Welcome to the 11th edition of Nordic Music Scene, a monthly section within God is in the TV that is dedicated to reviews and news of artists from Sweden, Denmark, Norway, Finland, Iceland and their associated territories, focusing on indie artists and labels.
In this edition: I was a King, ViVii, Loaver, iris, Júníus Meyvant, Misty Coast, Cure-a-Phobia, Highasakite, Slide, Sigrid, Pom Poko, Victoria Voss, Rainbrother.
Sections this month: New Singles/Singles from previously featured artists/Albums
Singles, EPs and albums are now rated out of 10.
All the editions of Nordic Music Scene are stored under ‘Features’ on the GIITTV website or can be located by searching the website for ‘Nordic Music Scene’.
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(Norway) I was a King – Bubble
NMS has frequently featured the south west Norway singer-songwriter Anne Lise Frøkedal, who has prior connections with two bands as a vocalist and guitarist, namely the now defunct Harrys gym and I was a King, who are anything but. They hail from the same barren, windswept, moody south western coast of Norway that she does; the bit that looks like a polar region of Jupiter if you’ve ever flown over it. And that’s in the summer.
Following her exertions last year, with the release of her second album, ‘How we made it’ and an accompanying tour, Anne Lise returns to I was a King, who will release their new 12-track album Slow Century on March 8th via Coastal Town Recordings. It was written, recorded, and pressed to vinyl all in the picturesque town of Egersund on that coast.
With the album announcement the band has also released a new single, ‘Bubble’, the second album track. It sees Anne Lise sharing both vocal and guitar duties with Frode Strømstad.
While this is my first exposure to I was a King if there is something you can guarantee with Frøkedal at least it is that her lyrics will explore the boundaries of personal relationships. On this track she says, “Sometimes old friends can know you annoyingly well – to the point where they’re able to predict when you are about to mess it all up. The best ones will stand by you, right through the shit storm. ‘Bubble’ describes friendship in times of trouble; in times where we are not being the best versions of ourselves.”
Strømstad and Frøkedal’s work is influenced by a close collaboration with Norman Blake (Scotland’s Teenage Fanclub) – who produced the new album. I was fascinated to listen to Marc Riley when he hosted Frøkedal on 6Music back in November and of how Blake had introduced him to Frøkedal. There is a great similarity in their styles. So does that apply to I was a King, as well?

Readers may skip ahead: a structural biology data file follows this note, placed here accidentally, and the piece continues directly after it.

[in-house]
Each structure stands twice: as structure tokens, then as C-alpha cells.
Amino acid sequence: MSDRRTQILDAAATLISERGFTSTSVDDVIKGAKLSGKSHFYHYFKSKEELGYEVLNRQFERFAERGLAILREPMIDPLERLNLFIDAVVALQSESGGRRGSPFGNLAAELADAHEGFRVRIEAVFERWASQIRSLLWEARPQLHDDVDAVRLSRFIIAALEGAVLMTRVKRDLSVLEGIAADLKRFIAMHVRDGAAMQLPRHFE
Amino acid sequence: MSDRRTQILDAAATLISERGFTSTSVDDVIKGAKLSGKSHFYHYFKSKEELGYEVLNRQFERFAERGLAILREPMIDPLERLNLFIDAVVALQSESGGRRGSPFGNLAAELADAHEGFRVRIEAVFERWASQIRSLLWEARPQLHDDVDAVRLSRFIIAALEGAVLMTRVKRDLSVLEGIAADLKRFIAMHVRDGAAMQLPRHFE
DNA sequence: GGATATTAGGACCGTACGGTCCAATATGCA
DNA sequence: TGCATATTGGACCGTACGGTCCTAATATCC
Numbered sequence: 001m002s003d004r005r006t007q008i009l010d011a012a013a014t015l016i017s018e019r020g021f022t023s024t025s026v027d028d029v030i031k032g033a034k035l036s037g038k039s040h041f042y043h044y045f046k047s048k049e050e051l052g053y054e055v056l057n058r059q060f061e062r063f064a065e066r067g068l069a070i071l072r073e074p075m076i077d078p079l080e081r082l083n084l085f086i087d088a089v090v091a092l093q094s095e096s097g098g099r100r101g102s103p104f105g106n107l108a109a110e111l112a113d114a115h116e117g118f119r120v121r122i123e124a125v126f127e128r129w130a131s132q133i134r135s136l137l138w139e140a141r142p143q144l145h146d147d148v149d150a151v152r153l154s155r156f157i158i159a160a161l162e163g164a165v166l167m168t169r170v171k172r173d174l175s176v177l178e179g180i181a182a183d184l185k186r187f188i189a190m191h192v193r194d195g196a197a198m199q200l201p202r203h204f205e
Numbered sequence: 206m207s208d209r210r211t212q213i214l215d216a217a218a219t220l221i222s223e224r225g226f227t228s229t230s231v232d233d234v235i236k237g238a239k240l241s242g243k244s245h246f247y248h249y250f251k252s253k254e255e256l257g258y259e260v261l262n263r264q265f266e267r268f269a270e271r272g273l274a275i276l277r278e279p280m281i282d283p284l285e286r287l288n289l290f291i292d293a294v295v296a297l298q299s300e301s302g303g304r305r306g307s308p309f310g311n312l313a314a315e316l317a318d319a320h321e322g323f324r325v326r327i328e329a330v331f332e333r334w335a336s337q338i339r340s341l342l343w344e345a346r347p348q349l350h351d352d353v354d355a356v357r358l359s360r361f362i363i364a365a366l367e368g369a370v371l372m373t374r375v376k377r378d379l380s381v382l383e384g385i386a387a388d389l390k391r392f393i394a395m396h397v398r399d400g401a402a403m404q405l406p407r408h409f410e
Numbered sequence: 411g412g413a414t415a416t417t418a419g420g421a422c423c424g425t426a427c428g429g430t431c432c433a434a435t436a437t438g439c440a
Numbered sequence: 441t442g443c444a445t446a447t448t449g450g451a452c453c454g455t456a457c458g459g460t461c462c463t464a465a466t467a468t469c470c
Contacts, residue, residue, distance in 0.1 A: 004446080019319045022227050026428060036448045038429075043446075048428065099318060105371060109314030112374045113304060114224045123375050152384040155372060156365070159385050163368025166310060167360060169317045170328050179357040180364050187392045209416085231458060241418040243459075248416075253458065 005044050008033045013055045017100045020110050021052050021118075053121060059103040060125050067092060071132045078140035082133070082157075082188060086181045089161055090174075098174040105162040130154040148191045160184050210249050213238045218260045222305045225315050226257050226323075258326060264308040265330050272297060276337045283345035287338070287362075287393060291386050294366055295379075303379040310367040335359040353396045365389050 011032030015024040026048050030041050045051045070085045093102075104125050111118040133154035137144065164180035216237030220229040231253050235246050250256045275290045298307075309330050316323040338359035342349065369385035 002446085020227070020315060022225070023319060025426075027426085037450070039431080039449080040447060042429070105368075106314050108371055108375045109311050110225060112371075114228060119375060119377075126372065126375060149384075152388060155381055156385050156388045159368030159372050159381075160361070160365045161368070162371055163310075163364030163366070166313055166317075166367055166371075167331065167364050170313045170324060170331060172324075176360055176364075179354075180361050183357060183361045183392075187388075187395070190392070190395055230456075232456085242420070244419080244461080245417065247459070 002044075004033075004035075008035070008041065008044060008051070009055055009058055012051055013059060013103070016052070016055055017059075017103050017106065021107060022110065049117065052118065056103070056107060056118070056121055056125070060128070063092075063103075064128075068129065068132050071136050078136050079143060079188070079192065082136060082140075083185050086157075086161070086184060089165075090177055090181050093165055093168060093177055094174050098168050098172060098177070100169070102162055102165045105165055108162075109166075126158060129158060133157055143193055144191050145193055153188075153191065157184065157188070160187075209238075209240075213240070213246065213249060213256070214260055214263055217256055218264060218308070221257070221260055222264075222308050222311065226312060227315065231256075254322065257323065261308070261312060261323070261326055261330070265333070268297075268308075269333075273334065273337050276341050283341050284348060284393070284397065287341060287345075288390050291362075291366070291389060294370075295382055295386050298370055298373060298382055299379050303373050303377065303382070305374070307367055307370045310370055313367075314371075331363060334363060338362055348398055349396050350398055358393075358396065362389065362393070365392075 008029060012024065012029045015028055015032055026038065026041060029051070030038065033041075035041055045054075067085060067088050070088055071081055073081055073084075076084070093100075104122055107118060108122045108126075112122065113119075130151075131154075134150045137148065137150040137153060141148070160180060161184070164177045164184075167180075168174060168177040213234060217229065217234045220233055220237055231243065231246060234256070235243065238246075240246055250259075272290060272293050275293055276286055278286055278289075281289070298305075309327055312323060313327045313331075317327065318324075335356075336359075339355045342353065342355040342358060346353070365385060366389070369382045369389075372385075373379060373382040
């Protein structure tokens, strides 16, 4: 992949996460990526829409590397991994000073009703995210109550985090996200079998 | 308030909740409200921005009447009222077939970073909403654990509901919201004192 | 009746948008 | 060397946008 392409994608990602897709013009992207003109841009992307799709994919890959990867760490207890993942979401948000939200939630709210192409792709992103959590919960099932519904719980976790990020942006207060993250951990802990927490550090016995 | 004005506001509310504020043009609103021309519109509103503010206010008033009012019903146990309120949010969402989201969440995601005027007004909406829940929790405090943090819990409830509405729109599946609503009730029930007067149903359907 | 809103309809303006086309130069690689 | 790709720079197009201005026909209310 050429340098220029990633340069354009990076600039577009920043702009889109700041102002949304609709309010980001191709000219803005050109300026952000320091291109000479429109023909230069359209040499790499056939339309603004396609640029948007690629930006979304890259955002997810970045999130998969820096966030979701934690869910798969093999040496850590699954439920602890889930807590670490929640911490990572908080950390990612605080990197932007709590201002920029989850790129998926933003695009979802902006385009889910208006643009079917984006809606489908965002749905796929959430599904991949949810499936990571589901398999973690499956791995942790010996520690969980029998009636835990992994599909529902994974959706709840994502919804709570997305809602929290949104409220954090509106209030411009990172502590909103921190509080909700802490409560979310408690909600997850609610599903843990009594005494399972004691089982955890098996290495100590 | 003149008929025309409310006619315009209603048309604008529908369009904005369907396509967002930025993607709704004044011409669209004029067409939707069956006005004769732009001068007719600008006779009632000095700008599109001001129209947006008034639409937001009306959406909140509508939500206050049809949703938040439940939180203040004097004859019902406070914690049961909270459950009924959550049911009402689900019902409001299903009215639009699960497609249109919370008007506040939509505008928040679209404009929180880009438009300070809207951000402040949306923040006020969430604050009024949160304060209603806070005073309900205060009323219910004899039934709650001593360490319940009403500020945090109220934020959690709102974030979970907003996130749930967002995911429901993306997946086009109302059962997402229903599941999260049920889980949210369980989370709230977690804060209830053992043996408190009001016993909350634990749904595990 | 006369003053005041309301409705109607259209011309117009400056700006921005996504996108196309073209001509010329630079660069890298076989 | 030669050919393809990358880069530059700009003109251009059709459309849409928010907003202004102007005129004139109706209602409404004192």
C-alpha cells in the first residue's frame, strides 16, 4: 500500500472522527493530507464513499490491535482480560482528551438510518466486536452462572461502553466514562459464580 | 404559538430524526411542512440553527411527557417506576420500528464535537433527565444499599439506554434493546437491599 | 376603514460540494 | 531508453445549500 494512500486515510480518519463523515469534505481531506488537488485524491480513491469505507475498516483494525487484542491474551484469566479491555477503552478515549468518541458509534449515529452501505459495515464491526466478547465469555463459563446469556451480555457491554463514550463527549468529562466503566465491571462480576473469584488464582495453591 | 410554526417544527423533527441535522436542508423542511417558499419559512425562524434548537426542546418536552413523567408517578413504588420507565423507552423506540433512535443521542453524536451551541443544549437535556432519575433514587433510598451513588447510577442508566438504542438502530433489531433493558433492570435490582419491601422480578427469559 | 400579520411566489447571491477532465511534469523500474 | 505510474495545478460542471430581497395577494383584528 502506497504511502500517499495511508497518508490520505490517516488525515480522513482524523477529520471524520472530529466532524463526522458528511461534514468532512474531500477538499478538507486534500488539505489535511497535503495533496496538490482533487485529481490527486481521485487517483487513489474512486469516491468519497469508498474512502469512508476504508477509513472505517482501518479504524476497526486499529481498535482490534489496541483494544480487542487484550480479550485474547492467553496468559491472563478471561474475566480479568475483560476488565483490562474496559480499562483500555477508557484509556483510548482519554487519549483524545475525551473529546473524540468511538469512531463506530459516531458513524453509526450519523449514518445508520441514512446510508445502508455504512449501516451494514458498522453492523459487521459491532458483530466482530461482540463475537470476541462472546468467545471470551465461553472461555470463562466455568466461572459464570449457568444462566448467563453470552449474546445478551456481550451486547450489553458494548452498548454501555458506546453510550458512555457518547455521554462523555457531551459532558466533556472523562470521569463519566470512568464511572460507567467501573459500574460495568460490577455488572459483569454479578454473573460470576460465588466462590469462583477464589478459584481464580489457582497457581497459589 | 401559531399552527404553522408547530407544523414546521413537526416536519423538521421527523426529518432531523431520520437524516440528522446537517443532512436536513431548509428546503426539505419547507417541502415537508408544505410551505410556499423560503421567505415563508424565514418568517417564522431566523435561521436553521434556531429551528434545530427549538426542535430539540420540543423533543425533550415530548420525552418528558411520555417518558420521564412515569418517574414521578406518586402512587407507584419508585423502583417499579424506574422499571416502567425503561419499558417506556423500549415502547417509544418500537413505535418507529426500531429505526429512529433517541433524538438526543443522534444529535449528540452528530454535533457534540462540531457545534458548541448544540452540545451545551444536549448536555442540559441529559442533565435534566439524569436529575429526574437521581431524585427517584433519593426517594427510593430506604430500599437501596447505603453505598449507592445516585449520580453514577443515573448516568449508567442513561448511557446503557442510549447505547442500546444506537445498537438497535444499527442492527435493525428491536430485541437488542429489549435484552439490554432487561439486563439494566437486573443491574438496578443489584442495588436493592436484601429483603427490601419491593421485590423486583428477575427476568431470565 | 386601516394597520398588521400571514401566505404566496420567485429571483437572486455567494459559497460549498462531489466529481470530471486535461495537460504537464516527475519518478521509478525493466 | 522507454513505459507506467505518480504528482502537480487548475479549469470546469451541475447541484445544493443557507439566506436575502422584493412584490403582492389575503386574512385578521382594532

You bet your bottom dollar it does, and from the opening chord. In fact, they are pretty well interchangeable, with strong reminders in addition of The Beatles c. 1966 and The Byrds. Vocally, Strømstad and Frøkedal seem to merge into one.
It’s about as far away from a disco banger or Scandi dance pop as you could hope to get, so laid back you’ll find yourself transported back to the 1960s for three minutes. And you won’t want to come back again.
The album, which describes the tension between the lust for new adventures and the comfort of everyday small town life, will be reviewed at a later date.
(Sweden) Loaver -Therapy
Malmö, Sweden-based singer-songwriter Linnea Hall started her solo project Loaver with a desire to be able to showcase all sides of her experiences and inspirations. The music that will be released as Loaver’s debut EP – experimental, smooth and dark pop – was written and recorded in Italy during 2017, in close collaboration with artists such as Giovanni Ferrario (PJ Harvey, John Parish etc.), who produced the tracks, and Emanuele Maniscalco. The six tracks swing between the uttermost boundaries of emotions – love, hate, dreams, doubt, chaos and naivety.
The Loaver EP will be out on February 13th via Birds Records.
Apart from Loaver, Linnea Hall is also active in Malmö-based band Kluster, one that released their debut album, Civic, on Rama Lama Records in June 2018.
Sitting somewhere early Annie Clark in the early part of the song and Steady Holiday towards the end she cook ups a beguiling sound.
(Norway) iris – inside a car
Iris is a new artist from Bergen who recently signed with Made Management. Iris has been involved in Bergen’s music scene for many years and she has worked with many other projects.
Under her iris name, the 22-year old creates minimal electronic pop. She is currently putting the finishing touches to her first (five-track) EP, ‘A Sensitive Being’ which will be out in the spring (March 20th, 2019) on a new label, Made Records. The first tune dropped on January 16th, under the title ‘from inside a car’.
The synth-driven track was produced by Askjell Solstrand, who has frequently turned up in these columns as a producer of both Sigrid and Aurora and was inspired by a trip to Paris, where she only sees it “from my point of view”; unable to take in the perspective of others. Avoiding the gilets jaunes, she lived around France, working on farms, and experienced for the first time the energising power of loneliness. The old cliché, looking around a beautiful city and wishing you had someone to share it with, was flipped on its head for her.
Her delivery is not radically different here from that of other R&B influenced electro poppers but I did notice some vocal similarities on this track to one of my favourites, the endearingly crackpot Swede SoLBLoMMa, and couldn’t help but notice also that the second EP track, is titled ‘Hanging around you /Crackers’. That pretty much sold me on iris and hearing out the remainder of the EP she’s definitely worth checking out. She brings a thoughtful process to song writing and knows how to vary the pace, and her style.
(Norway) Misty Coast – Backseat Warriors
Misty Coast is the dream-pop, shoegaze combination of Linn Frøkedal (the sister of Anne Lise Frøkedal and she looks just like her) and Richard Myklebust (previously part of the Norwegian noise rock act The Megaphonic Thrift).